which is the missing (or weak) perception of one sound between two simultaneous sounds. Here, too, the explanation can be given in terms of the superpositioning of envelopes. Seeing how important the effects of masking are in music, we have dedicated an entire page to it.

The limits of the positional theory can be summarised by its inability to explain:

  • the fusion of a sound composed of exactly harmonic partials into a single a sound.
if the various harmonics of a composed sound activate various regions of the basilar membrane; then, why do we perceive a single sound?
if the fundamental harmonic is absent, how can we perceive virtual pitch in the absence of a specific stimulation of the corresponding region of the basilar membrane?
  • the perception of beats occurs separately in each ear, even when the two sounds are close in frequency:
obviously, in this case, one cannot attribute the perception (albeit weak) of beats to a beat phenomenon occurring in the basilar membrane itself (each membrane receives a single sound!). The blending of sounds and the perception of beats evidently acts on a processing level beyond that of the cochlea.
  • the great ability to discriminate the frequencies of two sounds that are not superimposed but received in very rapid succession.
how can the system be both selective in frequency and have a fast response at the same time? This is in contrast to the theory of resonance. To respond quickly, the oscillator (transversal fibre) must rapidly damp its oscillation in order to be ready to respond to the changed external stimulus (the second sound in succession); however a rapid damping means "broader resonances" (with regards to this, see the resonance curves presented on the pages Resonance and Impedance of a harmonic oscillator).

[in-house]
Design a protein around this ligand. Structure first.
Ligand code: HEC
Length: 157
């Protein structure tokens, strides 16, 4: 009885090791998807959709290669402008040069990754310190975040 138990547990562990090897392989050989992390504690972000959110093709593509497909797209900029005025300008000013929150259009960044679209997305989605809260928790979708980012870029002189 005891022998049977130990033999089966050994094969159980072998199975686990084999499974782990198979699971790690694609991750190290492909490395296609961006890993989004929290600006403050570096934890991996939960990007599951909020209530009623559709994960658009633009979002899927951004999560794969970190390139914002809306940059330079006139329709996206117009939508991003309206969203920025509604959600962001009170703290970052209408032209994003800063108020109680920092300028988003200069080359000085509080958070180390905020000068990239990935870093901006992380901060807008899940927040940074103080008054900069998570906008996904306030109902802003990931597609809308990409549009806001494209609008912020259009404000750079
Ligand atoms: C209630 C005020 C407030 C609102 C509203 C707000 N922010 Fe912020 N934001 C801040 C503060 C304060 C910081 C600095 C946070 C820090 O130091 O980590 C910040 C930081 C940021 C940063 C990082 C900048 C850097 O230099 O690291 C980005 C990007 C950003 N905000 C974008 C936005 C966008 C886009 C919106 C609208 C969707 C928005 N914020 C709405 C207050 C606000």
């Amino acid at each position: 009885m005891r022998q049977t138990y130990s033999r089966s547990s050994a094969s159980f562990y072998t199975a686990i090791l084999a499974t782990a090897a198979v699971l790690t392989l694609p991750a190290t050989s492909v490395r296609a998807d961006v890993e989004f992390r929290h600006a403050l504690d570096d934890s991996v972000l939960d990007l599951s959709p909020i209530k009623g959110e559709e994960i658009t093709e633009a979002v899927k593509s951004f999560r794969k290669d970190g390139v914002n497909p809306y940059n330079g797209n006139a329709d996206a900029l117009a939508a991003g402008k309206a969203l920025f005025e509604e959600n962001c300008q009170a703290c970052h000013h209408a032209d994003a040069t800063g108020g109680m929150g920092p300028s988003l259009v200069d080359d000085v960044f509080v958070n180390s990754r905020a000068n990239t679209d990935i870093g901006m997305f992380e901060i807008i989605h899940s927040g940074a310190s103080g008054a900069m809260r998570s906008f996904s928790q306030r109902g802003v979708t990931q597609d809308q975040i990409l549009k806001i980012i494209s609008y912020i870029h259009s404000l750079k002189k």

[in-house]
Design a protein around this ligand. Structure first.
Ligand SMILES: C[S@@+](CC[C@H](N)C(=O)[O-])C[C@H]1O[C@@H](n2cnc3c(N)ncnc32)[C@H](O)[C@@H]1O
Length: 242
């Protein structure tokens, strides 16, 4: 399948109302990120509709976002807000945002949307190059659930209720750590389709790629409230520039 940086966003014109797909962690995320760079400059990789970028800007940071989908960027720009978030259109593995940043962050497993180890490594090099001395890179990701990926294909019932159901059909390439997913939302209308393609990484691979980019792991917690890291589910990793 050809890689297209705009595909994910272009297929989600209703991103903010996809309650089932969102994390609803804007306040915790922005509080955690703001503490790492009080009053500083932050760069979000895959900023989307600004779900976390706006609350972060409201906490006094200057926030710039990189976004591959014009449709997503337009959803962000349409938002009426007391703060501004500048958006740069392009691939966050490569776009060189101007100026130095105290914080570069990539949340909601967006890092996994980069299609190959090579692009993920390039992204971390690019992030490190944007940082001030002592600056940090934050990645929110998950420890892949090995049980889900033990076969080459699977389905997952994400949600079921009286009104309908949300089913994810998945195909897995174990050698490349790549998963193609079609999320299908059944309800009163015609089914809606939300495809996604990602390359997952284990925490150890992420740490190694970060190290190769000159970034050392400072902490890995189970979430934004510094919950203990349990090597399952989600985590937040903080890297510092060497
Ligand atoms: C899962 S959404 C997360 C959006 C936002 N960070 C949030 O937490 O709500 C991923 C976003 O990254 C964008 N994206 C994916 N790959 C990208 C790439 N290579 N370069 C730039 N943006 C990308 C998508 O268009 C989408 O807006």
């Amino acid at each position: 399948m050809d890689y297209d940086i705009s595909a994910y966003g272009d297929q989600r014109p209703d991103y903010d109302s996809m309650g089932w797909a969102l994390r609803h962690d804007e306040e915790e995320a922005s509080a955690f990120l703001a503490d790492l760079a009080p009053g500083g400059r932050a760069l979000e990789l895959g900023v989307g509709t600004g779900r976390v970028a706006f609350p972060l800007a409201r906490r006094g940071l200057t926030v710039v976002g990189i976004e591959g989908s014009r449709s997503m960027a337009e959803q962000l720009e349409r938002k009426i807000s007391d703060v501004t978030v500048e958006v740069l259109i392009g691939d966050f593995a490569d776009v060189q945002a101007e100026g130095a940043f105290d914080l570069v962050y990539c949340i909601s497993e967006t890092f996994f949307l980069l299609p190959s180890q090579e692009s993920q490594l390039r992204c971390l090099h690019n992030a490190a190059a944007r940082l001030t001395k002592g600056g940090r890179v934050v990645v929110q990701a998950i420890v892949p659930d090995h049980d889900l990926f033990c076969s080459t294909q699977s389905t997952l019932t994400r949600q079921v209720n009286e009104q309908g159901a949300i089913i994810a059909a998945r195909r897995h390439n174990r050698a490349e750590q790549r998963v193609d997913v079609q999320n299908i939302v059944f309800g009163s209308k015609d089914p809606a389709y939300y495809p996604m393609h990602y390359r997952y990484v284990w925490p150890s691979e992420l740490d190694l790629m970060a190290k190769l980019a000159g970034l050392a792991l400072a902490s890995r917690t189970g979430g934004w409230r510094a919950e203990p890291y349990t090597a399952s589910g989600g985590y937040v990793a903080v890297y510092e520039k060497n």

• the results of several experiments (first and foremost, one using a modified Seebeck siren), in which pitch perception of periodic sounds is not determined by a fundamental harmonic.


Finally, there is a limit to the positional theory that we can define as constitutive: the theory is inevitably incomplete because it is still not entirely understood which movements of the basilar membrane are important for the stimulation of hair-cells. Furthermore, recent studies have shown that these hair-cells have the ability of autonomous contraction: this further complicates the understanding of how the mechanisms of the inner ear work.

The periodicity theory

The main assumption of the periodicity theory is that the sensation of sound pitch is also produced through a time analysis of sound and, in particular, of the frequency of repetition with which auditory nerve signals get to the brain. At first sight, the theory appears much more "natural" than the positional theory. What could be better for evaluating the frequency of a sound than directly counting the number of impulse in a unit of time, which the oscillation of the basilar membrane sends to the auditory nerve? This avoids the transformation of time information, such as frequency, into spatial information as happens in the positional theory.

This simplification must be avoided for several reasons:

  • the experimental observations of von Békésy unequivocally show the existence of the spatial correlation proposed by the positional theory;